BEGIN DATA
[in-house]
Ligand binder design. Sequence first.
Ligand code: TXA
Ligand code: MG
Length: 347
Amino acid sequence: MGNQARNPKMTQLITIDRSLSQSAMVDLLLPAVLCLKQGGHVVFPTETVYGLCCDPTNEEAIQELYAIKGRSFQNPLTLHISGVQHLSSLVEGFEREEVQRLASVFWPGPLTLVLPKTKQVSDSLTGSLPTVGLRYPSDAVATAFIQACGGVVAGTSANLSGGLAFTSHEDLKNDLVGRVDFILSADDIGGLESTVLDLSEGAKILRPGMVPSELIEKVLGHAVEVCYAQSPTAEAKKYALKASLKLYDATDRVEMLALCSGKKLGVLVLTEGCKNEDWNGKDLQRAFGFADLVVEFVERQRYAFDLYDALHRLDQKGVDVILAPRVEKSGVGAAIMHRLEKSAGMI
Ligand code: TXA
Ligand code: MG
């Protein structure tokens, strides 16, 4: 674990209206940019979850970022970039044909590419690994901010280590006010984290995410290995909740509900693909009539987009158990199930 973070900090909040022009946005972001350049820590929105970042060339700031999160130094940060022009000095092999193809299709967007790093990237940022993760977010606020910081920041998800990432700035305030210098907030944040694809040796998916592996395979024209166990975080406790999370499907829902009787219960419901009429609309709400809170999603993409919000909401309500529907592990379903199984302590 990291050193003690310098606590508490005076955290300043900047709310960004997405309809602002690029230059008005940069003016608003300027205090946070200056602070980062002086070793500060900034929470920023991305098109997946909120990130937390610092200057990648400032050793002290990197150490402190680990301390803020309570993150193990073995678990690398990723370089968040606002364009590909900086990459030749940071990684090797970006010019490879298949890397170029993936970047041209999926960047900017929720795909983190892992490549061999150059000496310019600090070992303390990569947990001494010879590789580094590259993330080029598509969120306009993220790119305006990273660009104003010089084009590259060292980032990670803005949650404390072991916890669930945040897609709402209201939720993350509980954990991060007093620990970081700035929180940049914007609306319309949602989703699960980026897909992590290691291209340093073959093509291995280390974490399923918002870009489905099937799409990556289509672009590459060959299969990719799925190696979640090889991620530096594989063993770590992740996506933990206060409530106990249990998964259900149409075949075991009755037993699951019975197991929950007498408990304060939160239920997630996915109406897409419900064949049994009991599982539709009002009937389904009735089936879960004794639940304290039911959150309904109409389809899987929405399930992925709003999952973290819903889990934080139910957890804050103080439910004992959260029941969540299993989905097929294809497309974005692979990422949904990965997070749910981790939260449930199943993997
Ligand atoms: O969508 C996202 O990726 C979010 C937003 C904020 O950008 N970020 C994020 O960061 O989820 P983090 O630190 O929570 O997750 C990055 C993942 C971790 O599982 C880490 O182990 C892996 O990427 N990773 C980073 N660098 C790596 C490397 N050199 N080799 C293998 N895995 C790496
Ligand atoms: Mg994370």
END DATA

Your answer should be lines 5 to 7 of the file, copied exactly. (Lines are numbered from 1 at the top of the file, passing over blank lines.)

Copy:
Length: 347
Amino acid sequence: MGNQARNPKMTQLITIDRSLSQSAMVDLLLPAVLCLKQGGHVVFPTETVYGLCCDPTNEEAIQELYAIKGRSFQNPLTLHISGVQHLSSLVEGFEREEVQRLASVFWPGPLTLVLPKTKQVSDSLTGSLPTVGLRYPSDAVATAFIQACGGVVAGTSANLSGGLAFTSHEDLKNDLVGRVDFILSADDIGGLESTVLDLSEGAKILRPGMVPSELIEKVLGHAVEVCYAQSPTAEAKKYALKASLKLYDATDRVEMLALCSGKKLGVLVLTEGCKNEDWNGKDLQRAFGFADLVVEFVERQRYAFDLYDALHRLDQKGVDVILAPRVEKSGVGAAIMHRLEKSAGMI
Ligand code: TXA